The people I have spoken with at WICHE since July have been much more helpful. Lillian and Ken have been very honest and encouraging. They have both informed me that they disagree with the "diploma amendment" and feel that since this is now a "loan-for-four years of service" that the clause is redundant. They have assured me that they will lobby the state legislature to eliminate the amendment, and I promised to do my part by informing you of how this has affected me.
I ask you again to please change the law. I agree wholeheartedly with the four years of service as partial repayment of New Mexico's generosity. I would gladly serve longer--and hope to spend the rest of my life and career here. I also agree that the program should only be open to residents who show that they are "here to stay". But to require a NM high school diploma excludes many qualified residents who should be allowed to compete to participate in this program. To exclude us is unfair and will not allow some of the most qualified people to receive funding and become NM veterinarians. This will hurt NM in the long run--by diminishing the quality of services provided. Please do not allow this to happen. It is within your power to make things right. Thank you for your time and consideration.
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(You might note most of these, except the first few, are a repeat from the last newsletter: I figure keeping these here might be useful: let me know -- Tink)
The marketing resource list from the Oct 20th meeting of Albq Web Women is now online at: http://www.azurecom.com/aww/marketng.htm Also, check the AWW resources links page for new links to resources in "Women, Work & Technology" and "Girls & Techology Online". http://www.azurecom.com/aww/resource.htm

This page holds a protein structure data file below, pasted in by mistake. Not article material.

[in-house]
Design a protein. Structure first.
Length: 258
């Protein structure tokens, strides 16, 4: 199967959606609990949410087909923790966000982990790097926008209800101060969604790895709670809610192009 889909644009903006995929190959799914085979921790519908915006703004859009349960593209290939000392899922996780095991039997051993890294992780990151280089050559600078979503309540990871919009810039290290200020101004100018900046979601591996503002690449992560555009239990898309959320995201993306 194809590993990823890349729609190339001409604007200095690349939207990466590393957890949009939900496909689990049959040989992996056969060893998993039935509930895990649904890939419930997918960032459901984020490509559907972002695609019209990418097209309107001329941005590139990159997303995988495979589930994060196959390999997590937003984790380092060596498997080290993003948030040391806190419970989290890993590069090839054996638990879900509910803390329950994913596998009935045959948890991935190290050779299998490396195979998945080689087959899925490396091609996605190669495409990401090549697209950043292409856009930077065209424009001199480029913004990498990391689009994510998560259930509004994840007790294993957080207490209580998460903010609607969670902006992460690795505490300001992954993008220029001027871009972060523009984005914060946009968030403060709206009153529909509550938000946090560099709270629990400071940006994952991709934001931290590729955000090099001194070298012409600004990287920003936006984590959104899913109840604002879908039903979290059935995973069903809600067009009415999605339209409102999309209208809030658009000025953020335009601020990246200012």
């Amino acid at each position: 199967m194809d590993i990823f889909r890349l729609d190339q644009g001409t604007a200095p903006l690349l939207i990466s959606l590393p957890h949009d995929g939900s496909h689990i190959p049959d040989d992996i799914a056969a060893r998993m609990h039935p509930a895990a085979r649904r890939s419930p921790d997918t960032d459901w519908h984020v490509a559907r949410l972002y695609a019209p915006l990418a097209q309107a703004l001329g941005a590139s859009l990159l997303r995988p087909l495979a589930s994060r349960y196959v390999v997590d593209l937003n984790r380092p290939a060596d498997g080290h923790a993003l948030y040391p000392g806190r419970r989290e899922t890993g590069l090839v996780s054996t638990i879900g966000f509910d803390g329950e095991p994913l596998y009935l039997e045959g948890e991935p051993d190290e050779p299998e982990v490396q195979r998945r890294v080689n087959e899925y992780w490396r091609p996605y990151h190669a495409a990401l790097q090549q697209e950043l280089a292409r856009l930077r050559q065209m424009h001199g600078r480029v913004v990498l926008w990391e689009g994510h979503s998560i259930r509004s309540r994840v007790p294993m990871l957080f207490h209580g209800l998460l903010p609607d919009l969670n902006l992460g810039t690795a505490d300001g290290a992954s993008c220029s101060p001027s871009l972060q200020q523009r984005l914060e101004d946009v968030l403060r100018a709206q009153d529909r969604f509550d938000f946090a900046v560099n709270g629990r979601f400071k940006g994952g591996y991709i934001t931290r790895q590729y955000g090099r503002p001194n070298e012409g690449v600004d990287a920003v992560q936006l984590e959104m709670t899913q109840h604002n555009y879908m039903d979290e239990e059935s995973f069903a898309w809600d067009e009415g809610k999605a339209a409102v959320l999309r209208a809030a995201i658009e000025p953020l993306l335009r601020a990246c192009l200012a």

A 68-page report, "Pursuing Excellence: A Study of U.S. Fourth-Grade Mathematics and Science Achievement in International Context", based on test results from the "Third International Mathematical and Science Study" (TIMSS), released last November, can be obtained on the Internet at: http://www.ed.gov/NCES/timss
The July Newsletter of the Forum on Physics and Society of the American Physical Society features three interesting articles on the theme "Women in Physics: Past, Present, Future":
The electronic version of the Newsletter can be found on the Web at http://physics.wm.edu/~sher/newsletter.html (click on the link to the July 1997 newsletter).
As many of you may be aware, all references to evolution were deleted from the New Mexico State Board of Education Science Content Standards with Benchmarks for grades kindergarten through 12. The Coalition for Excellence in Science Education (http://www.highfiber.com/~dfbeck/CESE/CESEhome/html), which is chartered to improve science education and science literacy, has been actively concerned with addressing this deletion. If this topic is of concern to you, please check out their web page for membership information.
The Committee on the Status of Women in Physics of the American Physical Society maintains a Colloquium/Seminar Speakers List of Women in Physics, and a Colloquium Speakers List of Minorities in Physics. Both lists will be mailed to all physics departments this fall along with information on the APS Travel Grants Program which helps institutions invite speakers from these lists. If you are interested in registering on these lists, or browsing them to look for potential speakers to invite, see the web site at http://www.aps.org/educ/cslapp.html (or contact Tara McLoughlin of the APS, email@example.com, if you do not have web access).
The following articles which appeared in "The Scientist" may be of interest to LAWIS members:
A collection of resources from the Math Forum for information about women and mathematics is available on the web at http://forum.swarthmore.edu/social/math.women.html This site offers links to sites of general and historical interest, publications, programs, and major organizations. Featured sites include:
To find even more information about women in math and science, try searching the Math Forum database: http://forum.swarthmore.edu/dumpgrepform.html Enter the keywords "women science" (just the words, not the quotes).
Other websites of interest:
If you do not have web access and any of these topics is of interest to you, please contact me and I can send you hardcopies of the web sites.
-- Tinka Gammel, LAWIS Newsletter Editor, 667-9149